Yes, the Irish Coast Guard is responsible for responding to spills of oil and other hazardous substances with the Irish pollution responsibility zone, along with providing an effective response to marine casualties and monitoring or intervening in marine salvage operations. It provides and maintains a 24-hour marine pollution notification at the three marine rescue centres. It coordinates exercises and tests of national and local pollution response plans.

The first Irish Coast Guard volunteer to die on duty was Caitriona Lucas, a highly trained member of the Doolin Coast Guard unit, while assisting in a search for a missing man by the Kilkee unit in September 2016. Six months later, four Irish Coast Guard helicopter crew – Dara Fitzpatrick, Mark Duffy, Paul Ormsby and Ciarán Smith -died when their Sikorsky S-92 struck Blackrock island off the Mayo coast on March 14, 2017. The Dublin-based Rescue 116 crew were providing "top cover" or communications for a medical emergency off the west coast and had been approaching Blacksod to refuel. Up until the five fatalities, the Irish Coast Guard recorded that more than a million "man hours" had been spent on more than 30,000 rescue missions since 1991.

Several investigations were initiated into each incident. The Marine Casualty Investigation Board was critical of the Irish Coast Guard in its final report into the death of Caitriona Lucas, while a separate Health and Safety Authority investigation has been completed, but not published. The Air Accident Investigation Unit final report into the Rescue 116 helicopter crash has not yet been published.

The Irish Coast Guard in its present form dates back to 1991, when the Irish Marine Emergency Service was formed after a campaign initiated by Dr Joan McGinley to improve air/sea rescue services on the west Irish coast. Before Irish independence, the British Admiralty was responsible for a Coast Guard (formerly the Water Guard or Preventative Boat Service) dating back to 1809. The West Coast Search and Rescue Action Committee was initiated with a public meeting in Killybegs, Co Donegal, in 1988 and the group was so effective that a Government report was commissioned, which recommended setting up a new division of the Department of the Marine to run the Marine Rescue Co-Ordination Centre (MRCC), then based at Shannon, along with the existing coast radio service, and coast and cliff rescue. A medium-range helicopter base was established at Shannon within two years. Initially, the base was served by the Air Corps.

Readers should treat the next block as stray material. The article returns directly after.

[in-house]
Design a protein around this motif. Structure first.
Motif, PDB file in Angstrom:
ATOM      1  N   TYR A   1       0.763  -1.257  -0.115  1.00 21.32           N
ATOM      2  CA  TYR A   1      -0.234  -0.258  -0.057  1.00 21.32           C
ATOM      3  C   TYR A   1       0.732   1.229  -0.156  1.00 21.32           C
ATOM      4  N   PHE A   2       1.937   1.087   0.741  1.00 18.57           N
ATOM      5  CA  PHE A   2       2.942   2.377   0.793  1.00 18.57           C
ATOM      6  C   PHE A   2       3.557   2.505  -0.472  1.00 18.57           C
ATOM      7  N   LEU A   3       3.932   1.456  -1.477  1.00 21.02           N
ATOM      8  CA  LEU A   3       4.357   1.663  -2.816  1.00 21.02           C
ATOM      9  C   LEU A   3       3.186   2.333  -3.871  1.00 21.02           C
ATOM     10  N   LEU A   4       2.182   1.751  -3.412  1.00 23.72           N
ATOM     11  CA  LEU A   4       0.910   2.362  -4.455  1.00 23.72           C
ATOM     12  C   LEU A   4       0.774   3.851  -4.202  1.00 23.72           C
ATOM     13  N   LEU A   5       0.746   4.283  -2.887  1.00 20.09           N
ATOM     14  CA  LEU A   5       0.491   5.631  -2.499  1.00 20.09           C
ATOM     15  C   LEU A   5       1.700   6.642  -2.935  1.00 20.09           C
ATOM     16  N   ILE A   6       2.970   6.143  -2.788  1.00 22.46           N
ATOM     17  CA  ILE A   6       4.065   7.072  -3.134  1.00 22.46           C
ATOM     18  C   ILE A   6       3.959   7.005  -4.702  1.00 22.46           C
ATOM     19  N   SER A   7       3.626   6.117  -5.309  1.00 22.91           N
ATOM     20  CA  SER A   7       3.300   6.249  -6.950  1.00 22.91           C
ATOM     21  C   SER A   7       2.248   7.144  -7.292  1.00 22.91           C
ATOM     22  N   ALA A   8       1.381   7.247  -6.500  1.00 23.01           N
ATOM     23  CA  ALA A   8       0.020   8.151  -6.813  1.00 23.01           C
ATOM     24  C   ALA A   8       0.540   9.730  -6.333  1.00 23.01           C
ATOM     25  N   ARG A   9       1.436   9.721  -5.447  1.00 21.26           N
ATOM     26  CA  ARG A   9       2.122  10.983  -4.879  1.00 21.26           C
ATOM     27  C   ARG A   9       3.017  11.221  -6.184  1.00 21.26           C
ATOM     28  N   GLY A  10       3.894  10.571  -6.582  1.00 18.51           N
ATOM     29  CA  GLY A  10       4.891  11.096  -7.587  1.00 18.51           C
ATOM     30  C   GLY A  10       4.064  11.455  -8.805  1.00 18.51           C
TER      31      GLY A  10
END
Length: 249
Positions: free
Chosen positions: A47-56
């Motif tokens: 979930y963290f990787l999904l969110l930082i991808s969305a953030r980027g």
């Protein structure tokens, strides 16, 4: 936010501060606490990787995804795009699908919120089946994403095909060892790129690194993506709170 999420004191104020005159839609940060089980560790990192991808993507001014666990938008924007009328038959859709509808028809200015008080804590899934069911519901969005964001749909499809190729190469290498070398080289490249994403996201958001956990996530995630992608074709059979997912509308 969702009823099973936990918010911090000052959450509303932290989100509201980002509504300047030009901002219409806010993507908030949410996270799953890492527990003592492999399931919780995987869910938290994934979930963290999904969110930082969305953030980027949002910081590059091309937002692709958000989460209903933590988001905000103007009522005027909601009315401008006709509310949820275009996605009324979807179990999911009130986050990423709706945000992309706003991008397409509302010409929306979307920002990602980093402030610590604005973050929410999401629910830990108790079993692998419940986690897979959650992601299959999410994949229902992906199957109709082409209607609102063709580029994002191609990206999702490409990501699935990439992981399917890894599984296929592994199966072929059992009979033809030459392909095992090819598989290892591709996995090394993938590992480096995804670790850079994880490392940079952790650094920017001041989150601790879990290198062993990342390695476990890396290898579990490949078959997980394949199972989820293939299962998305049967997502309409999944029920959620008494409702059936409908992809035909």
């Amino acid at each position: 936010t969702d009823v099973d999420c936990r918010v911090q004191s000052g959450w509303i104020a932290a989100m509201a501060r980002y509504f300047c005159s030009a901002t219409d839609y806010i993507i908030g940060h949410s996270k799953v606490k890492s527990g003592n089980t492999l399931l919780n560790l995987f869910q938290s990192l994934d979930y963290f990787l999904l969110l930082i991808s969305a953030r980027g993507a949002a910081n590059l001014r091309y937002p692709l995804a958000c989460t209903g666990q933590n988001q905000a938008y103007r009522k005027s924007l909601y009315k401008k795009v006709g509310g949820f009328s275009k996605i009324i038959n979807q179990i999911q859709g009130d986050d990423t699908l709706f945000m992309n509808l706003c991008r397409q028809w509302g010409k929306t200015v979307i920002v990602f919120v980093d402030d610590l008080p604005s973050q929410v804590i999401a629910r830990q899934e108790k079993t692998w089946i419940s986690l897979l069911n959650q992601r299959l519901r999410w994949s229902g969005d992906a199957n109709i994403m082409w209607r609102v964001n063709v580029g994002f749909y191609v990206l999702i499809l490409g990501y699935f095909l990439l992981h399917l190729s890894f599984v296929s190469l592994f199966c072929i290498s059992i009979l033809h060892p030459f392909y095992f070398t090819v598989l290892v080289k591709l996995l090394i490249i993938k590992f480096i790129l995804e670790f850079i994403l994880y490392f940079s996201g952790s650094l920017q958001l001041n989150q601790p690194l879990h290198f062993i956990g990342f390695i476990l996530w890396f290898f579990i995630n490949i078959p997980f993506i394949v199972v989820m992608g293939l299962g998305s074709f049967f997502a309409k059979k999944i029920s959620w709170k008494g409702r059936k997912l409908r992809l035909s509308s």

The first director of what was then IMES was Capt Liam Kirwan, who had spent 20 years at sea and latterly worked with the Marine Survey Office. Capt Kirwan transformed a poorly funded voluntary coast and cliff rescue service into a trained network of cliff and sea rescue units – largely voluntary, but with paid management. The MRCC was relocated from Shannon to an IMES headquarters at the then Department of the Marine (now Department of Transport) in Leeson Lane, Dublin. The coast radio stations at Valentia, Co Kerry, and Malin Head, Co Donegal, became marine rescue-sub-centres.

The current director is Chris Reynolds, who has been in place since August 2007 and was formerly with the Naval Service. He has been seconded to the head of mission with the EUCAP Somalia - which has a mandate to enhance Somalia's maritime civilian law enforcement capacity – since January 2019.

  • Achill, Co. Mayo
  • Ardmore, Co. Waterford
  • Arklow, Co. Wicklow
  • Ballybunion, Co. Kerry
  • Ballycotton, Co. Cork
  • Ballyglass, Co. Mayo
  • Bonmahon, Co. Waterford
  • Bunbeg, Co. Donegal
  • Carnsore, Co. Wexford
  • Castlefreake, Co. Cork
  • Castletownbere, Co. Cork
  • Cleggan, Co. Galway
  • Clogherhead, Co. Louth
  • Costelloe Bay, Co. Galway
  • Courtown, Co. Wexford
  • Crosshaven, Co. Cork
  • Curracloe, Co. Wexford
  • Dingle, Co. Kerry
  • Doolin, Co. Clare
  • Drogheda, Co. Louth
  • Dun Laoghaire, Co. Dublin
  • Dunmore East, Co. Waterford
  • Fethard, Co. Wexford
  • Glandore, Co. Cork
  • Glenderry, Co. Kerry
  • Goleen, Co. Cork
  • Greencastle, Co. Donegal
  • Greenore, Co. Louth
  • Greystones, Co. Wicklow
  • Guileen, Co. Cork
  • Howth, Co. Dublin
  • Kilkee, Co. Clare
  • Killala, Co. Mayo
  • Killybegs, Co. Donegal
  • Kilmore Quay, Co. Wexford
  • Knightstown, Co. Kerry
  • Mulroy, Co. Donegal
  • North Aran, Co. Galway
  • Old Head Of Kinsale, Co. Cork
  • Oysterhaven, Co. Cork
  • Rosslare, Co. Wexford
  • Seven Heads, Co. Cork
  • Skerries, Co. Dublin Summercove, Co. Cork
  • Toe Head, Co. Cork
  • Tory Island, Co. Donegal
  • Tramore, Co. Waterford
  • Waterville, Co. Kerry
  • Westport, Co. Mayo
  • Wicklow
  • Youghal, Co. Cork

Sources: Department of Transport © Afloat 2020